Wednesday, October 06, 2021

The Yorkshire Post has the latest news about the Honresfeld manuscripts:
The Brontë Society has launched a campaign to raise £25,000 before the end of October to stop the treasures from being split up and falling into the hands of private collectors.
Rebecca Yorke, interim director of the Brontë Parsonage Museum, said, “After lying undiscovered for so many years, it is only right that these invaluable Brontë works return to Yorkshire where they can be enjoyed by local residents and the people who flock to the sisters’ home county from all over the world.
“The Brontë Society is thrilled to have the chance to save this incredibly rare collection and bring it back home where it will be enjoyed by so many, and we ask that anyone who is able to help us reach our £25,000 target to please do so as soon as possible, as there is only a short amount of time left to raise the funds required.”
The Society has joined with other museums, literary houses and libraries across the country to save the collection, led by the Friends of the National Libraries, having been given the opportunity to do by Sotheby’s.
Some £15m is needed to purchase the whole collection, which also includes works and manuscripts by manuscripts by Robert Burns, Walter Scott, Jane Austen, Elizabeth Gaskell and William Shakespeare.
Ann Dinsdale, principal curator of the Brontë Parsonage in Haworth, recently had the opportunity to see and handle the manuscripts.
She said: “It was an incredibly moving experience, just incredible.
“Seeing that material laid out on a table in front of us – it brought tears to my eyes. It’s probably the most important literary collection that is still in private hands.
“It has such amazing treasures mainly connected to the North of England, so it’s really important that this rare material belongs in this country, to all of us.
“The plan is that we will be able to save it for the nation.”
If the fundraiser is successful, the Brontë collection will be split between the Parsonage at Haworth, which operates as a museum dedicated to the family, the British Library and the Brotherton Library at the University of Leeds. (Victoria Finan)
If you feel you can contribute to it and help ensure that the collection doesn't disappear again, the fundraising page is here.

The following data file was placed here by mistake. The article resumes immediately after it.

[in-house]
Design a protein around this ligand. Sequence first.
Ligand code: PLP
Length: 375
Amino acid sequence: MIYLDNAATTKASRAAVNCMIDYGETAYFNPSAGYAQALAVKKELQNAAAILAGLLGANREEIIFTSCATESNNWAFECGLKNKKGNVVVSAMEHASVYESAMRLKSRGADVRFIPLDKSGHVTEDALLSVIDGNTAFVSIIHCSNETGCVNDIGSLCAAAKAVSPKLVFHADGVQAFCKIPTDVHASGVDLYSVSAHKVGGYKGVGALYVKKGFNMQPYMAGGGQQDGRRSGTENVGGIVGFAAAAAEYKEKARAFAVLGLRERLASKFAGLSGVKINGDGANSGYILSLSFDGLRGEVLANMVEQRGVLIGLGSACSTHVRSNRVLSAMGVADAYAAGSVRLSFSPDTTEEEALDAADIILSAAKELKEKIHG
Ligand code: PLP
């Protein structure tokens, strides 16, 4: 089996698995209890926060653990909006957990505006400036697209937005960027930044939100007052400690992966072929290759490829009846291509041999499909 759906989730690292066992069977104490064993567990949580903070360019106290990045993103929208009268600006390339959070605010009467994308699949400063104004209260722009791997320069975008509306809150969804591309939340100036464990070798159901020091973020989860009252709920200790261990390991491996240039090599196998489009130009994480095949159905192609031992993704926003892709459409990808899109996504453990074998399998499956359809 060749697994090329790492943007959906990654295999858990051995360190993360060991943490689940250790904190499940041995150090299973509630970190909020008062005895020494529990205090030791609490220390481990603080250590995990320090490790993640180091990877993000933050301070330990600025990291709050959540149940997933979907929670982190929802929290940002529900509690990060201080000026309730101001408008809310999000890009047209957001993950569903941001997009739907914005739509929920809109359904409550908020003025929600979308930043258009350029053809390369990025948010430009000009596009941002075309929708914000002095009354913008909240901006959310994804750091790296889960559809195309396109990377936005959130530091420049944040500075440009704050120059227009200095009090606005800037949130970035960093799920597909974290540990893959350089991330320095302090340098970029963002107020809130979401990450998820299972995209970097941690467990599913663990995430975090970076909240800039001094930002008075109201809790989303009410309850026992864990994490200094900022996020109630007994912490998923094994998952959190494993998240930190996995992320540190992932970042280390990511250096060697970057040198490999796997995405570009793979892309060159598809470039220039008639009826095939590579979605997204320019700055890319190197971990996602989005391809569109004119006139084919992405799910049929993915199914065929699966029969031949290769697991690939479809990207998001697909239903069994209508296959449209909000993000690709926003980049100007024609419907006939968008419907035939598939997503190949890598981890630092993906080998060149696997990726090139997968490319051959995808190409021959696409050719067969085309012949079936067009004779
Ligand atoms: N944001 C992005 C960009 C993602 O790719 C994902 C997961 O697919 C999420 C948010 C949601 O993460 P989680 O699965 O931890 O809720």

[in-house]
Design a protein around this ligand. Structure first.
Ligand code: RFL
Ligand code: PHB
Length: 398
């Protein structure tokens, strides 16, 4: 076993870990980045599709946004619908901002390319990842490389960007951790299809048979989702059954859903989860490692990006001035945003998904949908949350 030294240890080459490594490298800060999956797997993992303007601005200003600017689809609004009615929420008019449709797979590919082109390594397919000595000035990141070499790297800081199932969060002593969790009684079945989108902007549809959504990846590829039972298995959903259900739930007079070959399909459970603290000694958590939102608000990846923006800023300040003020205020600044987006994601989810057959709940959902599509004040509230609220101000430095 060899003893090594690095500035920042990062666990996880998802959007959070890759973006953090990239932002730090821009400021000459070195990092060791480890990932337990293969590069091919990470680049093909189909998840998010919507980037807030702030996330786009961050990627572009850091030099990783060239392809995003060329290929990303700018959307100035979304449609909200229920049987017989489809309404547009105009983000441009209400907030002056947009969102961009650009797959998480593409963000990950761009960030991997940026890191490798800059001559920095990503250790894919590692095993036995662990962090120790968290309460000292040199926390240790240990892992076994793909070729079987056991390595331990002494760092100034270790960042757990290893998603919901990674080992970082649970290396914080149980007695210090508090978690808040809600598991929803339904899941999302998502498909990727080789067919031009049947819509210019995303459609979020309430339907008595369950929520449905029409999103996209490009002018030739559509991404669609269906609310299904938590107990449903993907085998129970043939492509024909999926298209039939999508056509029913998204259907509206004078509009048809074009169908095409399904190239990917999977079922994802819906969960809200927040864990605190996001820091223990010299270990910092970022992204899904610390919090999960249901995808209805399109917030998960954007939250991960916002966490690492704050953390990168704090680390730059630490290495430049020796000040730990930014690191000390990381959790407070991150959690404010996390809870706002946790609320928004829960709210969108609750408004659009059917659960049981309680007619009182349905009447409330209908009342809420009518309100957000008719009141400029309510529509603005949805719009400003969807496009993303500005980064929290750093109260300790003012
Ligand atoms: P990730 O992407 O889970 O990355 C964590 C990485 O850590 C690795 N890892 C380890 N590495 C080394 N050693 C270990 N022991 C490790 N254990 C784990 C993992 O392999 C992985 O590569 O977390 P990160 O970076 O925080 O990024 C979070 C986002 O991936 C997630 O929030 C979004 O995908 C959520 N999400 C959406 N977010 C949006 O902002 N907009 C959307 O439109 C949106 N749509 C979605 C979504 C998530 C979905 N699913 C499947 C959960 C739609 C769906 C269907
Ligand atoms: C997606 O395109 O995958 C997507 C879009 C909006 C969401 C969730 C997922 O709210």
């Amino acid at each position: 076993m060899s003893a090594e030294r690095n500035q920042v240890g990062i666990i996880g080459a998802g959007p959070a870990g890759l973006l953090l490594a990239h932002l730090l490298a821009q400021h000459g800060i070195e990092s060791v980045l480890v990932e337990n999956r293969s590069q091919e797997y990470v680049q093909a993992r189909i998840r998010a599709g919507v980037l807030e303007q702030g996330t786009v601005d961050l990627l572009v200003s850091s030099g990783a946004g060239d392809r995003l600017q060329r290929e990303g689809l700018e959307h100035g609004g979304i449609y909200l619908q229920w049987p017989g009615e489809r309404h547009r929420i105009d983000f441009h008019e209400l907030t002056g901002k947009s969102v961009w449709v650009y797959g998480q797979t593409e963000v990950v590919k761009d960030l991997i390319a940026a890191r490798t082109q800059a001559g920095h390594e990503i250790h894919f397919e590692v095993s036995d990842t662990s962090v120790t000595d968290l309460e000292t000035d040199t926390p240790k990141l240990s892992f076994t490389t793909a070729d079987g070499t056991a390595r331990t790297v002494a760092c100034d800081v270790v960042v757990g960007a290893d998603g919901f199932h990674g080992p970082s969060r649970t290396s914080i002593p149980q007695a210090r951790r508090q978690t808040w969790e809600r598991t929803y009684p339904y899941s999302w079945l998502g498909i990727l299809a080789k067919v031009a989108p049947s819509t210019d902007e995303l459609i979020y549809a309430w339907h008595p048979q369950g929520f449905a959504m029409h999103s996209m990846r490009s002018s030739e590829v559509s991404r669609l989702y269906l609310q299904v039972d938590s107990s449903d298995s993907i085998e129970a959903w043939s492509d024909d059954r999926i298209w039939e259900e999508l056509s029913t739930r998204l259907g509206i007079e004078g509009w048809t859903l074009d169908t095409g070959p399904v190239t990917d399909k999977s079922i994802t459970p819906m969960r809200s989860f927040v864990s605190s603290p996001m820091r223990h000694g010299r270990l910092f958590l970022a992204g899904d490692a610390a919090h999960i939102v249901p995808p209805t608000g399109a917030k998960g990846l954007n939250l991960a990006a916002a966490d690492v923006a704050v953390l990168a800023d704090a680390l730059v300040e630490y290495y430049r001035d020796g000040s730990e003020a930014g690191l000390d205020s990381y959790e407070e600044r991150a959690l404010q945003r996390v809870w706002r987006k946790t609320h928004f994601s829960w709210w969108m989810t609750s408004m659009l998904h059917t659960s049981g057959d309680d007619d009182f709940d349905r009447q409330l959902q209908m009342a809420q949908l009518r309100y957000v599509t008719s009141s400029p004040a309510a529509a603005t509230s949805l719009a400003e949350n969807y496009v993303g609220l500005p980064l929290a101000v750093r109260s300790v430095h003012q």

Fansided lists '11 thrilling new YA releases hitting shelves this October' including
Within These Wicked Walls – Lauren Blackwood
Lauren Blackwood’s Within These Wicked Walls is an Ethiopian-inspired fantasy retelling of Charlotte Bronte’s classic Jane Eyre, described as Kiersten White meets Tomi Adeyemi. This is enough of a reason for me to immediately want to give this book a try, but your mileage may vary.
The story follows Andromeda who is a debtera, a specific kind of exorcist whose specialty is cleaning households of the Evil Eye. But when she’s hired by the handsome young Magnus Rochester, Andromeda realizes that the house – and Magnus himself –  hides secrets that are darker and more frightening than anything she’s been trained to handle.
Unsure how to face an evil power that’s stronger than anything she’s imagined, Andromeda also knows she can’t leave Magnus behind to face this darkness alone. But how she’ll survive the almost certain death that roams the halls – well, that’s anyone’s guess.
The official synopsis is brief but to the point.
Andromeda is a debtera—an exorcist hired to cleanse households of the Evil Eye. When a handsome young heir named Magnus Rochester reaches out to hire her, Andromeda quickly realizes this is a job like no other, with horrifying manifestations at every turn, and that Magnus is hiding far more than she has been trained for. Death is the most likely outcome if she stays, but leaving Magnus to live out his curse alone isn’t an option. Evil may roam the castle’s halls, but so does a burning desire. (Lacy Baugher)
The New York Times reviews the book The Mirror and the Palette. Rebellion, Revolution, and Resilience. Five Hundred Years of Women’s Self Portraits by Jennifer Higgie.
Is there a “female voice” in painting? Is there a painterly equivalent of Charlotte Brontë, Jean Rhys or Annie Ernaux? This book suggests there is and that it is defined by woundedness. (Celia Paul)
Vogue (Spain) features the china creations of artist Josephine Fauchier for her own brand Joséphine déssine.
El estilo de Fauchier encandila con una propuesta naif, optimista y mitómana de platos de porcelana pintados a mano en los que, en muchas ocasiones, aparecen prestigiosos rostros femeninos del mundo de las artes, la música -hola, Beyoncé- o la literatura (de Charlotte Brontë o Colette a Zadie Smith). Belleza y sustancia: si estos platos no avivan la conversación sobre la mesa, nada lo hará. Bon appétit! (Eva Blanco Medina) (Translation)


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